If you don't think the Warriors and Wizards would do those deals in a heartbeat now, you're crazy. Harden's reputation has blown up now that he's proved he's a reliable No. 1 option, even if it really shouldn't have needed proving in the first place.

Had Harden chosen to accept a discount to play for the Thunder though, he would have spent the entirety of his career in the shadow of Durant and Russell Westbrook. Strauss compared Harden to Manu Ginobili (not an uncommon comparison), another brilliant guard who will wind up spending his career behind Tim Duncan and Tony Parker.

Strauss wrote about Ginobili and Kobe Bryant and the status difference between the two—both will be remembered as great players, but Bryant will go down as one of the greatest players ever whereas Ginobili, also a Hall-of-Fame lock, doesn't command nearly that much respect. Bryant has been voted to the All-NBA team 15 times. Ginobili has received the award just twice, both times being voted onto the third team.

But that's not at all indicative of how good Ginobili has been, just the role he's played. Ginobili's averaged just over 10 shots a game for his career. Had Ginobili been in Bryant's shoes, taking on a far greater offensive load than the one he's had with the San Antonio Spurs, he'd almost certainly be perceived as a better player than he is now. It's unfair, but it's true.

Harden may have cost himself a few easy rings by turning down the Thunder's offer, but he's making more money and is arguably the best player on a legitimate title contender. Sure, all the extra attention has led to some negative press—he's been picked on for his defense more than a few times. But strictly in terms of his own interests, Harden made the right move. He's been a superstar for a while. Now he's seen as one.

 

OKC's Perspective

First thing's first: As good as this current Thunder team is (with Westbrook healthy, obviously), it's not better than it would have been with Harden.

Lamb and Adams have been wonderful in their respective roles this season (more on that later), and the team is exciting as hell to watch in no small part because of the development of its young bench. But the Thunder would be easy title favorites this season, and for many seasons to come, if they still had Harden.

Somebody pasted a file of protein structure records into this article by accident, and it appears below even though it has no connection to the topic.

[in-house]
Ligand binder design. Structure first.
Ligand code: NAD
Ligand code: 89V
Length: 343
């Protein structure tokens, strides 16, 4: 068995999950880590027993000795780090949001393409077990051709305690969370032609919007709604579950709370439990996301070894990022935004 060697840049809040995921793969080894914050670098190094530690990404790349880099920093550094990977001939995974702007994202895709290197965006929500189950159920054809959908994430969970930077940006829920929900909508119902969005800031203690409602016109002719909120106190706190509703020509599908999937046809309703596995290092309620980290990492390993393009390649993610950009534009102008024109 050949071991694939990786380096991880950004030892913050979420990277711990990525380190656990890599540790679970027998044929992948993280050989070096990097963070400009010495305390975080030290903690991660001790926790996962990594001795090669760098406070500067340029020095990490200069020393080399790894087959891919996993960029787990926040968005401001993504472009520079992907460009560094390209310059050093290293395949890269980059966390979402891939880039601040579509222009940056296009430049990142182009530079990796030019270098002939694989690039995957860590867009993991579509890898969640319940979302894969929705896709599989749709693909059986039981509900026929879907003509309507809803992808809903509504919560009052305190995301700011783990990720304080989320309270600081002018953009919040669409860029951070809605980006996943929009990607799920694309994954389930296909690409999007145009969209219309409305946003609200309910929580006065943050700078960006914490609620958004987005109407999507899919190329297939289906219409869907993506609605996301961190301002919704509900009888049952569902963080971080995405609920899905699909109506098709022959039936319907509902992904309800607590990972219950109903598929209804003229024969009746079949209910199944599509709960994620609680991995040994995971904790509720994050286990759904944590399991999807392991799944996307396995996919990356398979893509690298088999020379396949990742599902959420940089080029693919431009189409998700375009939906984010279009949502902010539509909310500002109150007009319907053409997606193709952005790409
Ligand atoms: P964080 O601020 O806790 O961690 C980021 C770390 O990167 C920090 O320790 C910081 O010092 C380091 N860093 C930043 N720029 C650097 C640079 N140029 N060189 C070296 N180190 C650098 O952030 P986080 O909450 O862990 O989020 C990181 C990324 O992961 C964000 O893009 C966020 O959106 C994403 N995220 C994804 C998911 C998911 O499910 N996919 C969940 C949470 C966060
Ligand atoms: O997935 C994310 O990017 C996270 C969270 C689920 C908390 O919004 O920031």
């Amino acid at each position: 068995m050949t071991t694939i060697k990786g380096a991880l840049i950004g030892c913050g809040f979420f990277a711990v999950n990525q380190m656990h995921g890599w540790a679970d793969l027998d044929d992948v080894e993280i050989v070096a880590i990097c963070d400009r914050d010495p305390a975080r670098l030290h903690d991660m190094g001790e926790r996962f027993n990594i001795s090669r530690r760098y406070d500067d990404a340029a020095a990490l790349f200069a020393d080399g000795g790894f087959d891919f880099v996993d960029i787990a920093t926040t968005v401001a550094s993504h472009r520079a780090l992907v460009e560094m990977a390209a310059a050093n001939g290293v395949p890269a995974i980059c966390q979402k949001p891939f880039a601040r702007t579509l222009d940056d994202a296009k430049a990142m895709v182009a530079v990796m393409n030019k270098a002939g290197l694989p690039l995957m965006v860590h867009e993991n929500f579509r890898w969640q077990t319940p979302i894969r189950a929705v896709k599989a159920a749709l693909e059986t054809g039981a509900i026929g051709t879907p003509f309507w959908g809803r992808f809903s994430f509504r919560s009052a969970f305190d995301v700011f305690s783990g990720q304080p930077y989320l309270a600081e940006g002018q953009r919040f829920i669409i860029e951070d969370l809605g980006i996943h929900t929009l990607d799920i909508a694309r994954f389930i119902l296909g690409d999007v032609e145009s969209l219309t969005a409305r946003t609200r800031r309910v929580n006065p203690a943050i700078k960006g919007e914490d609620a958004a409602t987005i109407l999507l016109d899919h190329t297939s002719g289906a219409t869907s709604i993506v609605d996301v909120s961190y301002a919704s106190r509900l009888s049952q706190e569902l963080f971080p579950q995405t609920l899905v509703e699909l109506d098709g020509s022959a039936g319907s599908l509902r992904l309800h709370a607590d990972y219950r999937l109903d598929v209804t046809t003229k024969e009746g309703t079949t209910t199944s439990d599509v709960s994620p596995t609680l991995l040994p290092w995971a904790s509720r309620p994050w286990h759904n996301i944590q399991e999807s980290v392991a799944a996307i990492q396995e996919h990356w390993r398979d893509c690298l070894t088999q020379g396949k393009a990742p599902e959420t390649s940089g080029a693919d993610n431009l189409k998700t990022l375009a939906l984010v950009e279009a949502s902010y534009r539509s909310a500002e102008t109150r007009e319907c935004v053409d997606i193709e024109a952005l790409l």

In 2011-12, when the Westbrook-Harden-Durant-Ibaka quartet was on the floor together, the Thunder scored 114.7 points per 100 possession, per NBA.com. Over the course of a season, that mark would be enough to rank among the NBA's 10 best offenses ever. Keep in mind, this was two years ago when Durant was just 23, Ibaka was 22, etc., etc.

Factor in each player's individual improvement since then, and you could make a case that the Thunder had a real shot at being one of the greatest offensive teams of all time. And considering how strong they've been defensively over the past few years, it wouldn't be out of the question to think they could have been historically good period.

There's a reason that the Thunder were basically penciled in as a dynasty. Even as a very, very young squad, they were unbelievable. There's not a team in the league equipped to defend a Reggie Jackson-Westbrook-Harden-Durant-Ibaka lineup. Even with just a semi-competent supporting cast, the Thunder probably could have cruised to multiple Finals.

And going beyond all that...the Harden trade stings because it was just plain fun to watch Westbrook, Harden and Durant grow together.

It's hard to think back on all the memories those three provided—the 8-0 run against the Los Angeles Lakers, Harden's fourth quarter against the Dallas Mavericks, Westbrook playing his heart out in Game 4 of the Finals and finally, the Western Conference Finals comeback against the Spurs—and not feel a little bit cheated that it ended so quickly.

With that being said, this year's Thunder have been excellent to the extent that it's worth re-evaluating how well they made out in the Harden trade, which has been widely panned over the past year. It's nearly impossible to get even value for a superstar, but it's starting to look like the Thunder did pretty well for themselves despite that.